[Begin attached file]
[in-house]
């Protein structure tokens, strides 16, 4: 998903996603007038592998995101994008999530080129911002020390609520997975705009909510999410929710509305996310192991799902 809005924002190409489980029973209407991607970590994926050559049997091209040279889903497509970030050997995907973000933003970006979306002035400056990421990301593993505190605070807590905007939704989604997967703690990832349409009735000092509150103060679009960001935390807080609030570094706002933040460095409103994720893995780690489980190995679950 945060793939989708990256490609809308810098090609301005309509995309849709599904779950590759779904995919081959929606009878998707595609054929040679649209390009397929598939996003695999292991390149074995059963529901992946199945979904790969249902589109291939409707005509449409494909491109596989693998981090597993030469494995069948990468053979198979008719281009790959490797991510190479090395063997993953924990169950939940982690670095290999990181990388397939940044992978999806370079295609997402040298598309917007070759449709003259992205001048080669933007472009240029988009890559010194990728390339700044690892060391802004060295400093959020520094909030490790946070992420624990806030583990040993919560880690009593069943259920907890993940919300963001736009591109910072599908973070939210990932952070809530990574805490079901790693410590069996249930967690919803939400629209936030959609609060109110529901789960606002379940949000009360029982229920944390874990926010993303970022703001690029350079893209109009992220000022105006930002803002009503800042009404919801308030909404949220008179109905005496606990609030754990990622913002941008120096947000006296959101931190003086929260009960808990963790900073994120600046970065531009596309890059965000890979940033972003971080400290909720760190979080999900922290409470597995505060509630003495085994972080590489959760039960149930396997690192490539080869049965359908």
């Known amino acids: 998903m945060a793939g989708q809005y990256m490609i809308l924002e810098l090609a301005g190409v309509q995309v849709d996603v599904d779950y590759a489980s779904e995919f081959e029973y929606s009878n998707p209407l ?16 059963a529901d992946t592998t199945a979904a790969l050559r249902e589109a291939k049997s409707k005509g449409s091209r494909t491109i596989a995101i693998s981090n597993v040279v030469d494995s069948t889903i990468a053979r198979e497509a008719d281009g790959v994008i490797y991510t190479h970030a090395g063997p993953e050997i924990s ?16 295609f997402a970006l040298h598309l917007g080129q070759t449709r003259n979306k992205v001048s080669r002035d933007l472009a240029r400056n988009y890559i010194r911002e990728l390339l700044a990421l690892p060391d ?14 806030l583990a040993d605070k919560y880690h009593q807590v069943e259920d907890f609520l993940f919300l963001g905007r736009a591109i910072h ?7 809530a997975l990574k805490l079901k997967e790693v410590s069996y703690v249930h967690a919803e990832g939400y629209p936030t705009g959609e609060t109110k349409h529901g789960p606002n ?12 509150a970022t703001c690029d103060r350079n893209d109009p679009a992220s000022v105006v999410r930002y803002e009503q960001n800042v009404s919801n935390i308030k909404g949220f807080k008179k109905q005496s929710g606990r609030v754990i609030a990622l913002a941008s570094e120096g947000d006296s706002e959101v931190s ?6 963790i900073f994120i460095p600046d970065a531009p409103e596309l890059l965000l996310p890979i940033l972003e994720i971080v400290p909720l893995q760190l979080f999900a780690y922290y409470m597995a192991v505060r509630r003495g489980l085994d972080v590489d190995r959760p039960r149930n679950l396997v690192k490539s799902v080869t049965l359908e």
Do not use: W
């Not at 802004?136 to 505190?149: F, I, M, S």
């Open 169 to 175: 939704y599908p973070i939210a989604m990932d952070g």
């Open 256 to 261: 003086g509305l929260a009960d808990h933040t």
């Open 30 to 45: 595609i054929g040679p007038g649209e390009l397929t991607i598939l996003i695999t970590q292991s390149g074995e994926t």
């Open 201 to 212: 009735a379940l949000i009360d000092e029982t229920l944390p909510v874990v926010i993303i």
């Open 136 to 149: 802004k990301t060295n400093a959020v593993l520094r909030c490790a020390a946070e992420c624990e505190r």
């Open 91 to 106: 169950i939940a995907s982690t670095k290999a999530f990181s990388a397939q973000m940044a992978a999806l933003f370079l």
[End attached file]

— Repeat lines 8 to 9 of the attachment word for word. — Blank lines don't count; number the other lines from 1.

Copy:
């Open 30 to 45: 595609i054929g040679p007038g649209e390009l397929t991607i598939l996003i695999t970590q292991s390149g074995e994926t």
């Open 201 to 212: 009735a379940l949000i009360d000092e029982t229920l944390p909510v874990v926010i993303i």